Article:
The Piccadilly landmark, where the Queen celebrated her 80th birthday and guests have ranged from Jackie Onassis to Winston Churchill, is set to be given planning permission for the biggest refurbishment in its 115-year history.
The proposed overhaul — at an estimated price tag of £300 million — is aimed at modernising a hotel that has fallen behind the standards now expected at the world’s elite destinations. Westminster planning officers have recommended approval of the plans, which will go before councillors at a committee meeting next Tuesday.
Documents show that the five-storey basement would include a huge two-level spa with 20-metre swimming pool, gym, steam, sauna and treatment rooms, a juice bar and a beauty salon.
Another basement level would have secure parking for high-profile guests such as royalty or heads of state.
Other top-end hotels that have undertaken huge basement digs include Claridge’s in Mayfair. Leicester Square’s newly opened The Londoner has six underground levels going down 30 metres.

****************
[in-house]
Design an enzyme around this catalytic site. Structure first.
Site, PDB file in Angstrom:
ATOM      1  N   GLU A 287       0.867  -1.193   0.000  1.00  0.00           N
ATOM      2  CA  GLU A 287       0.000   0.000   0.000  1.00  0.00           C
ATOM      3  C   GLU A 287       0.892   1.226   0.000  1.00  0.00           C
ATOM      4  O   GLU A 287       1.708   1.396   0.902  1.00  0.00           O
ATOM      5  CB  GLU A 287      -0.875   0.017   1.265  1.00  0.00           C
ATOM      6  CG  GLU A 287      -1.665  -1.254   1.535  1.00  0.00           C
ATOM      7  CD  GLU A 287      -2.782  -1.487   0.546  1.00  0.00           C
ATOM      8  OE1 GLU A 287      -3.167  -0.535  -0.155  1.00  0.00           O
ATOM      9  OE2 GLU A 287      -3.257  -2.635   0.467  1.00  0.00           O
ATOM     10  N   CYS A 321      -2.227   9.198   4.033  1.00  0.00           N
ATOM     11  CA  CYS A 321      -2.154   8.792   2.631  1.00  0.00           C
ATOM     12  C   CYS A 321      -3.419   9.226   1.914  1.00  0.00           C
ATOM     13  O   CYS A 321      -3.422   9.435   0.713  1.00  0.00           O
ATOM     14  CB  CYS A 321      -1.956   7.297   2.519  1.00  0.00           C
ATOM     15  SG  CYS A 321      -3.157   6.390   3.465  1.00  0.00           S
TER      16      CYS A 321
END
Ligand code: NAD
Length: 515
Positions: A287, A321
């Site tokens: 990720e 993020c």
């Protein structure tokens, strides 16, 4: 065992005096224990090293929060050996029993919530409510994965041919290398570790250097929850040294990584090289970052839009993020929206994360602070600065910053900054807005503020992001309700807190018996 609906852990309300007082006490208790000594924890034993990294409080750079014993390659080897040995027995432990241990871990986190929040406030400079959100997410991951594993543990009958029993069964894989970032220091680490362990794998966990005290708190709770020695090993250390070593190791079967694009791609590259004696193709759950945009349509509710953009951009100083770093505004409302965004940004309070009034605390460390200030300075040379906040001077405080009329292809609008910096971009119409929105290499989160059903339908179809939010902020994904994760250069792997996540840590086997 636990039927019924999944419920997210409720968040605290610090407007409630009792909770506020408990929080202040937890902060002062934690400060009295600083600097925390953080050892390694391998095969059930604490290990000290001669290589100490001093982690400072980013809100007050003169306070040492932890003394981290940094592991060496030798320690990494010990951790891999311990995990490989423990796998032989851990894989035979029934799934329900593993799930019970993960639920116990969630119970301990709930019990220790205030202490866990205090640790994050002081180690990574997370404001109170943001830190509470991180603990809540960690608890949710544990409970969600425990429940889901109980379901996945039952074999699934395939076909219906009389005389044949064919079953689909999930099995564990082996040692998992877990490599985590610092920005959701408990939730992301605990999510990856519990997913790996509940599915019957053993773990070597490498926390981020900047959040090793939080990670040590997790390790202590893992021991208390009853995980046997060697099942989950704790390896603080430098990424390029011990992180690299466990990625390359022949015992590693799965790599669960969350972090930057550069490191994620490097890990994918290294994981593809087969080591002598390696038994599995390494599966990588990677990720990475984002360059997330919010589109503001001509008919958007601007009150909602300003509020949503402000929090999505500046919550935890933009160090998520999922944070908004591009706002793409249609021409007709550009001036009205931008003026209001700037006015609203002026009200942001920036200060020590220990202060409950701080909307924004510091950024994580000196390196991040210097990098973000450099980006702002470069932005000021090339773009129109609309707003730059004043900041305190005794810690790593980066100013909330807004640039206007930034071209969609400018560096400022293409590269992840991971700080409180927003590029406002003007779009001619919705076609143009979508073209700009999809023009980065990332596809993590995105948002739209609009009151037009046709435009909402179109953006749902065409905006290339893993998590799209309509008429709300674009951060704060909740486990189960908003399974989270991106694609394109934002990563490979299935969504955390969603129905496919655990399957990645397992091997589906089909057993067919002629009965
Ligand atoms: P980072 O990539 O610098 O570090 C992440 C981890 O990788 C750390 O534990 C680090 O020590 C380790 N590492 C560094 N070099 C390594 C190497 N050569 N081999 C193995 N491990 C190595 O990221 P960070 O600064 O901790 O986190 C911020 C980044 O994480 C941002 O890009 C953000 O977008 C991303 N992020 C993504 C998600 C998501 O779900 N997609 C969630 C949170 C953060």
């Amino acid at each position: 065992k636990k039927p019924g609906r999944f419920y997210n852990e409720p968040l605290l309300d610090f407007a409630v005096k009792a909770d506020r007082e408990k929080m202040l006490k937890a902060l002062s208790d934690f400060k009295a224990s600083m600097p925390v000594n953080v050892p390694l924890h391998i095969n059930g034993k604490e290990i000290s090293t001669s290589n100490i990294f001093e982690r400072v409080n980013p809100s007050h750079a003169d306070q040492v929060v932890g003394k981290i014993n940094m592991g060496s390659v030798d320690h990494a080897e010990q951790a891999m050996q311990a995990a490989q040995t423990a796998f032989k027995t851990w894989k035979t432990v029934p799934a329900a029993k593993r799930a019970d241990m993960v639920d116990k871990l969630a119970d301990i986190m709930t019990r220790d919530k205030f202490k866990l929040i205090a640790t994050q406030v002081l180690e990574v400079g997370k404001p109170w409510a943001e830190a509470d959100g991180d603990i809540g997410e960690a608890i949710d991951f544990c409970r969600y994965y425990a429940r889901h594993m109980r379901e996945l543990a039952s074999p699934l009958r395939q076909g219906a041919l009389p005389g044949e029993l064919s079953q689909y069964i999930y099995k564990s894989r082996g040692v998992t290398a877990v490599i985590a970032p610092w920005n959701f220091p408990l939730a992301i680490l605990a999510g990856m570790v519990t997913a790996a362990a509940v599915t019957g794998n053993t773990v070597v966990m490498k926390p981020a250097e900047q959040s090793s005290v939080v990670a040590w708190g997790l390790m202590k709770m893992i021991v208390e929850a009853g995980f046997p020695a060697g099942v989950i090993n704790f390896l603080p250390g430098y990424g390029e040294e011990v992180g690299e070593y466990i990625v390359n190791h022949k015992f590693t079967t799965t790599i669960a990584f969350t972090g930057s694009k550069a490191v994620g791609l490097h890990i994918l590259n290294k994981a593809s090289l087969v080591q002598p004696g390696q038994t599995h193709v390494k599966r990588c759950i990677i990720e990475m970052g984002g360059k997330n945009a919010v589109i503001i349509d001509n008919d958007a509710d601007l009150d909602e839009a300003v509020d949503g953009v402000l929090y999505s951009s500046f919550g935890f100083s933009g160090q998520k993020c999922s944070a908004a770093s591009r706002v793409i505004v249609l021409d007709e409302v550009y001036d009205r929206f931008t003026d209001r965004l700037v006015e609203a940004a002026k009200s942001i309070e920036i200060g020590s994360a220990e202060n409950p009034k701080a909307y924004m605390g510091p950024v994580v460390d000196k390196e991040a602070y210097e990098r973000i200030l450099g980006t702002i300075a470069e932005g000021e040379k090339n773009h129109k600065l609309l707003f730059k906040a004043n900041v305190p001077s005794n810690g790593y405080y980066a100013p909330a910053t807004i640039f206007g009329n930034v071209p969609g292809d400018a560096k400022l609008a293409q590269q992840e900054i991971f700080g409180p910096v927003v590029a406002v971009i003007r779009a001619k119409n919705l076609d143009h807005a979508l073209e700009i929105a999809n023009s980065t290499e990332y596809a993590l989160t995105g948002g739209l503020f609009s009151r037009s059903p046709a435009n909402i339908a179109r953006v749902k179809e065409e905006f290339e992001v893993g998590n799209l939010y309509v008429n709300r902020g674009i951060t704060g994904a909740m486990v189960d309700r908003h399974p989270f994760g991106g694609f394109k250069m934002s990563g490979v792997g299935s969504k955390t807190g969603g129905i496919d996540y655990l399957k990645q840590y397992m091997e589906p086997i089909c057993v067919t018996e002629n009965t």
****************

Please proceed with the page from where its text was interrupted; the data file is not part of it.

The Ritz’s plans would also see the addition of 53 bedrooms, taking the total to 191. This would involve an extension of the main building at roof level to the Arlington Street wing and a new structure on land currently occupied by the Eagle Star House office block, which is being demolished, according to the CoStar property news website.
The proposals come after the hotel was sold by the Barclay family to Qatari tycoon Abdulhadi Mana Al-Hajri in March last year for an estimated £700 million. The modernisation will bring the overall bill to about £1 billion.
In its application, the Ritz, founded by César Ritz in 1906, argues that despite major internal renovations in the Seventies and Eighties, it has fallen behind modern standards for luxury hotels. Its ground-floor Palm Court is famed for its £55-a-head afternoon teas.
A spokeswoman for the Ritz said: “This inspired project will ensure that the unique essence of the hotel is retained, sympathetically restored and further enhanced to reaffirm its status, for generations to come, as one of the world’s most iconic hotels.”
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